Without using words, it said to observers, "These two parishes are here, we are active. Come follow us!"
Just over a year ago, the archdiocese was captivated by pictures and stories about the hundreds of people who walked from MIT to St. Paul Church, Cambridge in Eucharistic procession. The crowd filled St. Paul Church, spilling out the doors and onto the sidewalk. This impressive demonstration of faith was prompted by the threat of a Black Mass scheduled to take place nearby. The story and photographs went viral across the country, reported by national news media. In the face of an impending sacrilege, the Church reacted powerfully.
On Saturday, June 6, another Eucharistic procession, in another neighborhood, also carried Jesus through the streets. This procession was not a reaction to an affront. It was a celebration of love and witness. The bulletin notice in the parishes of St. Ann and St. Brendan (Phase II, Dorchester collaborative) invited people to participate: "This is a time when Catholics can show their love for Christ in the Real Presence by honoring Him in a very public way. It is also a wonderful way in which we can show our love for our neighbors by bringing Our Lord and Savior closer to them!" The date was intentional: Sunday, June 7, was the Solemnity of the Most Holy Body and Blood of Christ (Corpus Christi).
Following the 4 p.m. Vigil Mass at St. Ann Church, Father Tom Macdonald, parochial vicar, placed the consecrated Host into the monstrance and the procession began. The thurifer (the altar server carrying the thurible with incense) led the procession, after him came the cross bearer. Children of the parish, some in First Communion clothes, had baskets of rose petals which they strewed along the path. Four altar servers carried candles. Father Tom, walking under a canopy, held the monstrance, and four men of the parish supported the poles of the canopy. Approximately 50 people, all ages, sizes, and walks of life took part -- some even in strollers. The procession accomplished what the bulletin announcement promised: it brought Jesus into the neighborhood, on the sidewalks, past Victorian homes and neatly kept yards. Father Tom commented that the procession was, "a wonderful way of bringing the celebration of the Mass to the streets of Dorchester and bringing two parishes together in a concrete way -- we walked through the streets of both neighborhoods, uniting both." At one point along the way, a man coming in the opposite direction toward them, stopped, made the sign of the cross, and continued on his way. He stopped again, turned around and joined the group.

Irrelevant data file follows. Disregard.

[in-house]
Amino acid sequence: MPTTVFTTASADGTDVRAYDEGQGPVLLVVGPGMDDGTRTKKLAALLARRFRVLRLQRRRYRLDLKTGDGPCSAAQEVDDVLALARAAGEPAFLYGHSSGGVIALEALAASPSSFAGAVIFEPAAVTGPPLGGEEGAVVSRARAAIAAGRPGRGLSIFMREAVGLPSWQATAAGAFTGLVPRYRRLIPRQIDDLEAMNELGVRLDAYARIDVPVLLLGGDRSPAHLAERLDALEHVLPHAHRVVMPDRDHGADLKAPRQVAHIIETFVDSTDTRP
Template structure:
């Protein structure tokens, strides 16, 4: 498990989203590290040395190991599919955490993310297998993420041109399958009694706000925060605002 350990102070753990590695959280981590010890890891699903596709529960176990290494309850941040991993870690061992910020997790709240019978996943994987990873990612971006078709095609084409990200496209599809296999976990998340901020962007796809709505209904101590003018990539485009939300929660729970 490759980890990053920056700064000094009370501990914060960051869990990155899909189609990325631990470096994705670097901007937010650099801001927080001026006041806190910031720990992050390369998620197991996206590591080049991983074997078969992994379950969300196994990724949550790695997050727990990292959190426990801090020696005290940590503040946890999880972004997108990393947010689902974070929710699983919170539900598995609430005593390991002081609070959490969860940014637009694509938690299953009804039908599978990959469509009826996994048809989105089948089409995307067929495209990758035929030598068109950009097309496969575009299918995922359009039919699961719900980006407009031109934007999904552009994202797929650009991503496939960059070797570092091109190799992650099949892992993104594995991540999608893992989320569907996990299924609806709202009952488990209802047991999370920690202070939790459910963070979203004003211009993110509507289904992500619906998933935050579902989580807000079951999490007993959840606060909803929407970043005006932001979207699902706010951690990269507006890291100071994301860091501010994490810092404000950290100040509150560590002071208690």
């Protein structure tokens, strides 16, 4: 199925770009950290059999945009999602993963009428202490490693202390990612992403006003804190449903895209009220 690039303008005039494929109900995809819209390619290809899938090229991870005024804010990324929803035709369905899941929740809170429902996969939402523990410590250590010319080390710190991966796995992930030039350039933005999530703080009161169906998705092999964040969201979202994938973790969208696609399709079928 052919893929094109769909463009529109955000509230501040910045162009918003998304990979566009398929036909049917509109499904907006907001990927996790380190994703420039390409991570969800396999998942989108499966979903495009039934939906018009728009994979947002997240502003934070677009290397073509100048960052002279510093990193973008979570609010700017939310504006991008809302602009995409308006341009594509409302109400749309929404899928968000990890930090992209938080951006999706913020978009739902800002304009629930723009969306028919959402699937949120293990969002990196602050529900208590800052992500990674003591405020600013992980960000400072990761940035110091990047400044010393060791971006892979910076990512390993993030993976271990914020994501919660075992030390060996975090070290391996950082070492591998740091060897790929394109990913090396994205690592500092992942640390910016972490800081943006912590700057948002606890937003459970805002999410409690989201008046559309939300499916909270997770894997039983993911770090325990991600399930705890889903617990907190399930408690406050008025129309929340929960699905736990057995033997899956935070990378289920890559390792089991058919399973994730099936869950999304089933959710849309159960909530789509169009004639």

As they approached St. Brendan Church, their destination, some people were gathered on the church steps ready to join in the final paces into the church. Waiting inside were parishioners from the St. Brendan 4 p.m. Mass and members of the choir who led the assembly in singing the familiar "Tantum Ergo." Father Tom concluded the service with benediction. The words of the closing hymn, "Holy God, We Praise Thy Name," described well what had just taken place in two churches, on the streets of Dorchester, and in people's hearts. The group adjourned to the lower church for an indoor picnic with good food and great conversation.
Looking back on the event, Father Tom expressed his hope that, "people were struck by this and curious, and wonder why we're taking such great care about this little white disk (Host) in this gold frame (monstrance)." He described it as, "a public act of devotion, neighborhood oriented." Without using words, it said to observers, "These two parishes are here, we are active. Come follow us!"
Other parishes have taken up this beautiful practice. In the newly inaugurated Phase III Dracut, Lowell, Tyngsborough collaborative, parochial vicar Father Chris Wallace organized the liturgy and Eucharistic Procession on the streets around St. Rita Church. Collaborative pastor Father Richard Clancy commented, "What beautiful, faithful people ...and what a powerful witness they gave to their love of God."
In his "Word on Fire" post for Corpus Christi, Father Robert Barron quoted Pope Emeritus Benedict XVI: "Without illusions, without ideological utopias, we walk the streets of the world, bringing within us the Body of the Lord, like the Virgin Mary in the mystery of the Visitation."
Photographs of the processions are posted on the websites. Dorchester: www.saintannneponset.com; Lowell: www.stritalowell.org.
SUSAN ABBOTT IS COORDINATOR OF PARISH OUTREACH FOR THE ARCHDIOCESE OF BOSTON'S OFFICE OF PASTORAL PLANNING.
Susan Abbott is the former Coordinator of Parish Outreach for the Archdiocese of Boston's Office of Pastoral Planning.
Recent articles in the Faith & Family section
A 'Good News' storySister Pat Boyle, CSJ
The new new thing recovered from the graveyardKevin and Marilyn Ryan
Dehydration is more common than you thinkAdam Johnson
Be not afraidScott Hahn